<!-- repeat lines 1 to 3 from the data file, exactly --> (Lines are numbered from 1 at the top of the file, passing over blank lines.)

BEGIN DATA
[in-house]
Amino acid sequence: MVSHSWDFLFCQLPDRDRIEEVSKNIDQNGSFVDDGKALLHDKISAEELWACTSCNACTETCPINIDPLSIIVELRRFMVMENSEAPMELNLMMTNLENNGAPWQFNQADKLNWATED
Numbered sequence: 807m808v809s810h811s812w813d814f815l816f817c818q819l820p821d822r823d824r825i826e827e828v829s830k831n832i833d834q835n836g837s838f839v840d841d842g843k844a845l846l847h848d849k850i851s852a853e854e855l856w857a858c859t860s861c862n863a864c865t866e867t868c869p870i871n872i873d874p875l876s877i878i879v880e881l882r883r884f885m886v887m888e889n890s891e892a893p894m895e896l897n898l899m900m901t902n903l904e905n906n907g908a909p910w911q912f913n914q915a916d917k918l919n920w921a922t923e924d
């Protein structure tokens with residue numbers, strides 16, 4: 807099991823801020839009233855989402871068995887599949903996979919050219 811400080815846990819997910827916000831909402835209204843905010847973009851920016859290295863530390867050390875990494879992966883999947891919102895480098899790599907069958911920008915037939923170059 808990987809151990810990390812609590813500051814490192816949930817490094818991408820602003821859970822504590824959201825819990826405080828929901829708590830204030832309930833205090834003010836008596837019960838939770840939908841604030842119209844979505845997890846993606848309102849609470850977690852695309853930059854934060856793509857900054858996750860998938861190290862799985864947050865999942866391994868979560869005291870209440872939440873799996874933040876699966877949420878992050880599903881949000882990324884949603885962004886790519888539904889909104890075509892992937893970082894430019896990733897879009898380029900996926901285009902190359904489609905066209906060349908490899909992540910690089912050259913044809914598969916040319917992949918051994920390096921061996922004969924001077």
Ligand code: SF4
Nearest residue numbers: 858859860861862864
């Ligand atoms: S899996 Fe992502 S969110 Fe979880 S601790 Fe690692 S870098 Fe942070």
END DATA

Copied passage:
[in-house]
Amino acid sequence: MVSHSWDFLFCQLPDRDRIEEVSKNIDQNGSFVDDGKALLHDKISAEELWACTSCNACTETCPINIDPLSIIVELRRFMVMENSEAPMELNLMMTNLENNGAPWQFNQADKLNWATED
Numbered sequence: 807m808v809s810h811s812w813d814f815l816f817c818q819l820p821d822r823d824r825i826e827e828v829s830k831n832i833d834q835n836g837s838f839v840d841d842g843k844a845l846l847h848d849k850i851s852a853e854e855l856w857a858c859t860s861c862n863a864c865t866e867t868c869p870i871n872i873d874p875l876s877i878i879v880e881l882r883r884f885m886v887m888e889n890s891e892a893p894m895e896l897n898l899m900m901t902n903l904e905n906n907g908a909p910w911q912f913n914q915a916d917k918l919n920w921a922t923e924d